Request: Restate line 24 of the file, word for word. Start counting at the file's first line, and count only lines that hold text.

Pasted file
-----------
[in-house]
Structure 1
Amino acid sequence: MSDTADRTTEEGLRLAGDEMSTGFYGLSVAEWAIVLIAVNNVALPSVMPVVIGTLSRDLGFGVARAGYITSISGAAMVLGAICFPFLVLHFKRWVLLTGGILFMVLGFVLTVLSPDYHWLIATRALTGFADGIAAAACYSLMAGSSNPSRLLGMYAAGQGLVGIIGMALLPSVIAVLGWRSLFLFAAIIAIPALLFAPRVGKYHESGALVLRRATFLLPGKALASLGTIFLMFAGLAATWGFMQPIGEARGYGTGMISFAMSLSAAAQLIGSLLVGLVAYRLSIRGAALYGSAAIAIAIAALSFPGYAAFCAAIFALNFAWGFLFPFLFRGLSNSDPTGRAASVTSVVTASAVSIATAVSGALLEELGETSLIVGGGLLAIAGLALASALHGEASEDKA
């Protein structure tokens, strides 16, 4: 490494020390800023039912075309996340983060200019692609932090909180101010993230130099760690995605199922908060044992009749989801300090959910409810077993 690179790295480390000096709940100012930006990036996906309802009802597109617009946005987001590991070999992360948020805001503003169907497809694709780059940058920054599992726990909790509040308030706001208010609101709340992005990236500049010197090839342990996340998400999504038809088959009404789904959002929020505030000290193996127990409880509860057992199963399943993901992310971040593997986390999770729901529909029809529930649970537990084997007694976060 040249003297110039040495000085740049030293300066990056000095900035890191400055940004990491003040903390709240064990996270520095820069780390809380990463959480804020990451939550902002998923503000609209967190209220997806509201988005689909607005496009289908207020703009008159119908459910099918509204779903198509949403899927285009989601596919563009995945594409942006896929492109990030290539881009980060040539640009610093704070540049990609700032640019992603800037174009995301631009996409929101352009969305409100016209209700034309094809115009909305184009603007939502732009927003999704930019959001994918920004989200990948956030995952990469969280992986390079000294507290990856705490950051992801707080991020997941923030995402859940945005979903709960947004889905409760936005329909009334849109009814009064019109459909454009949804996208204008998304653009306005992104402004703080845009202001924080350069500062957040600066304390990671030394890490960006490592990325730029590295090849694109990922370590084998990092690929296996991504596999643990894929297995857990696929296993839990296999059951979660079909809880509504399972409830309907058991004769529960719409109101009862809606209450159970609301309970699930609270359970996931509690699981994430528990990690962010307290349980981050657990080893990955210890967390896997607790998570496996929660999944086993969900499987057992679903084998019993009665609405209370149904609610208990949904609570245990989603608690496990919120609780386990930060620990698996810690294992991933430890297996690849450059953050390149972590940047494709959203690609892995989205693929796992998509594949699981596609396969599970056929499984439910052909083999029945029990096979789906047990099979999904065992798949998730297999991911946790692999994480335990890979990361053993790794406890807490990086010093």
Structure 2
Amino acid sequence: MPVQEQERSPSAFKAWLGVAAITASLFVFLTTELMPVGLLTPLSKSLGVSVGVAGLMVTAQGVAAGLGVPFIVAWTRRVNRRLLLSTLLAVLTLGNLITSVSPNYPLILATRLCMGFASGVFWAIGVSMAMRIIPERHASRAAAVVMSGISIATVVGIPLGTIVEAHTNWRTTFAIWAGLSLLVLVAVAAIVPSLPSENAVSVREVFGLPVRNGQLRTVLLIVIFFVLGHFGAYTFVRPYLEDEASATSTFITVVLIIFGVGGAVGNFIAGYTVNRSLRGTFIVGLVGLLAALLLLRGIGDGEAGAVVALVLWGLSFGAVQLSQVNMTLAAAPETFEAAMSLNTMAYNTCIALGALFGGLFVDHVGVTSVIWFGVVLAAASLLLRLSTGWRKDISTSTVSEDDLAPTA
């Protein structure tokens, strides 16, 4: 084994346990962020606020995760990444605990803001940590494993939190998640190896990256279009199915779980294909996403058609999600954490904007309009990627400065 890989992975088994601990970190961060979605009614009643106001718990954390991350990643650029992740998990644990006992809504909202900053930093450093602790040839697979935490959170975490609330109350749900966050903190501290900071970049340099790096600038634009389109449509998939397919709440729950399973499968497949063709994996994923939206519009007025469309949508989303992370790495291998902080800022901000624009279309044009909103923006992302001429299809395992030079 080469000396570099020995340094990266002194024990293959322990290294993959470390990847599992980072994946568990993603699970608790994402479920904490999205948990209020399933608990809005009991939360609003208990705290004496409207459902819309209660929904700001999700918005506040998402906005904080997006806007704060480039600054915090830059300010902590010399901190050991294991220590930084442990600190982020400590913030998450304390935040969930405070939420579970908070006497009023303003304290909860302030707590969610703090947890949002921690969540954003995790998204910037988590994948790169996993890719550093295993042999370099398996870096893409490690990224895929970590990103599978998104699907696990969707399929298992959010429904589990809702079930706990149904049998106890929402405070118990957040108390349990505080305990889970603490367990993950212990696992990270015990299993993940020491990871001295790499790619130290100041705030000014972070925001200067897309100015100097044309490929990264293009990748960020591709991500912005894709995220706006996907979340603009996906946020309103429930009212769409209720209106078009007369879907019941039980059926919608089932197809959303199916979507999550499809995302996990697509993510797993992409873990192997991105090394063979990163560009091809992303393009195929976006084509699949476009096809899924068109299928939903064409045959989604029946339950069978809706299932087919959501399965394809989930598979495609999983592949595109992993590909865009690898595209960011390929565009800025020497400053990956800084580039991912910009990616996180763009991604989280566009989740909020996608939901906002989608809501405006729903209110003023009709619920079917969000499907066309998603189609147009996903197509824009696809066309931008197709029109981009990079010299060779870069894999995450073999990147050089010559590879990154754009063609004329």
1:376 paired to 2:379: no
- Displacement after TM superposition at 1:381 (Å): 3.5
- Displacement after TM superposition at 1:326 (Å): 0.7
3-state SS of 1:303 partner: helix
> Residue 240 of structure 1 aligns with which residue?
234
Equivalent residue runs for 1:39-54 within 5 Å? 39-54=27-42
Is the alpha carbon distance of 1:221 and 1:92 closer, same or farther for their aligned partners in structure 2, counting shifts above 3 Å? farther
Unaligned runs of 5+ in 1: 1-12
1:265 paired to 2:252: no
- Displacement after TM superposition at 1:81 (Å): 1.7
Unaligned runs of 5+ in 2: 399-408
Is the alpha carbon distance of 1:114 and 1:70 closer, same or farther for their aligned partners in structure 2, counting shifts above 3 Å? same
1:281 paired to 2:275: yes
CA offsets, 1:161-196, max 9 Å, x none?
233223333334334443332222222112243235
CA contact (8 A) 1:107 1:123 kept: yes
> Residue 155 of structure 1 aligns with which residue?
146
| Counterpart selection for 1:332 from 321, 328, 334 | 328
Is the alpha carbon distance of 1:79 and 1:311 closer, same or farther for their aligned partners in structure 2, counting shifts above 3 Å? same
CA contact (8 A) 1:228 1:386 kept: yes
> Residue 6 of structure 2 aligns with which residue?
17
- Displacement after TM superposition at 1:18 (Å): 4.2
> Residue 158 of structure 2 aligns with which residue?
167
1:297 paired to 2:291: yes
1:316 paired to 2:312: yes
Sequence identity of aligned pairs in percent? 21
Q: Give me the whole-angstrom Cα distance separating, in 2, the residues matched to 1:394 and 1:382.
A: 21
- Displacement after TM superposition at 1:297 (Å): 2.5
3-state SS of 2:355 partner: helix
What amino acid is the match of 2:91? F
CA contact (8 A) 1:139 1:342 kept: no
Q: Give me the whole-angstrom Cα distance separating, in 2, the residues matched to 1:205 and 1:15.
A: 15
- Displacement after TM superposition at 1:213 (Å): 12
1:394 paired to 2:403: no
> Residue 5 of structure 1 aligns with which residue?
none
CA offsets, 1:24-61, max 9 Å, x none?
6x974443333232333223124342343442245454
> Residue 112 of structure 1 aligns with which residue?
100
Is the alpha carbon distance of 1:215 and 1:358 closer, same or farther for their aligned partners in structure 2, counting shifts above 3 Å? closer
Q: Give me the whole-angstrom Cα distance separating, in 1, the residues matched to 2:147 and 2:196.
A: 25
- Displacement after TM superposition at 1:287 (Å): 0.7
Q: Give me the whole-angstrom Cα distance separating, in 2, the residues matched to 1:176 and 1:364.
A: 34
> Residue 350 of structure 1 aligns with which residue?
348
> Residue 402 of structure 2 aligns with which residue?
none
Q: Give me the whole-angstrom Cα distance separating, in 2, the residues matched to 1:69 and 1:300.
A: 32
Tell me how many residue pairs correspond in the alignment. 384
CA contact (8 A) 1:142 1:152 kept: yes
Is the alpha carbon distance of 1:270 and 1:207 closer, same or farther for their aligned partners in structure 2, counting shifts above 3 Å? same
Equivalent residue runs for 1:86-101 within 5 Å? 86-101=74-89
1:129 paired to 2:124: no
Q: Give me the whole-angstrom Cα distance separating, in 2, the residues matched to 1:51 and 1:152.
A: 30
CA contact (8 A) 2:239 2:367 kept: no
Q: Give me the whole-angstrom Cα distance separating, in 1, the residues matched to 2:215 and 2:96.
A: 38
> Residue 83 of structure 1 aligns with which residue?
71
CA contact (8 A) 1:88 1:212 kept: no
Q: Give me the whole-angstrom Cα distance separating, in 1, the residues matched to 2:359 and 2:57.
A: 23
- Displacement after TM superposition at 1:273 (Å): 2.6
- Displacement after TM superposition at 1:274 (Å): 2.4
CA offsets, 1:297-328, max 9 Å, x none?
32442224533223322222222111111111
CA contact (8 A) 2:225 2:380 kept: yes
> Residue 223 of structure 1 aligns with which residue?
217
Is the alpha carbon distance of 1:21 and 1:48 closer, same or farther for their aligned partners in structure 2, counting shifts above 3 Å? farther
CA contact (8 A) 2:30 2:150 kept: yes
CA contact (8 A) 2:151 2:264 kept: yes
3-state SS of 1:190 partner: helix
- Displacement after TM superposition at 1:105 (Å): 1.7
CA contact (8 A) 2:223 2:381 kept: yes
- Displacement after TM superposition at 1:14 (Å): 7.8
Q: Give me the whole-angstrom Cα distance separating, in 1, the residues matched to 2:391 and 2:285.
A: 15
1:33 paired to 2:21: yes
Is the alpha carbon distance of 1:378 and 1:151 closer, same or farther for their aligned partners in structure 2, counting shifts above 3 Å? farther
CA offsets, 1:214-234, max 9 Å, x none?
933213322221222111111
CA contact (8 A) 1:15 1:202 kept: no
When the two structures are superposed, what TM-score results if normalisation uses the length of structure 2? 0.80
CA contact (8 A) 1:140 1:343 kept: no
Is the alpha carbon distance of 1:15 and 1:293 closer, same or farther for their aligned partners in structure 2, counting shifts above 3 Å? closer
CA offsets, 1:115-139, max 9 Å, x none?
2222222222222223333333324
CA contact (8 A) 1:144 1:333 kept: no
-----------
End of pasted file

CA contact (8 A) 1:107 1:123 kept: yes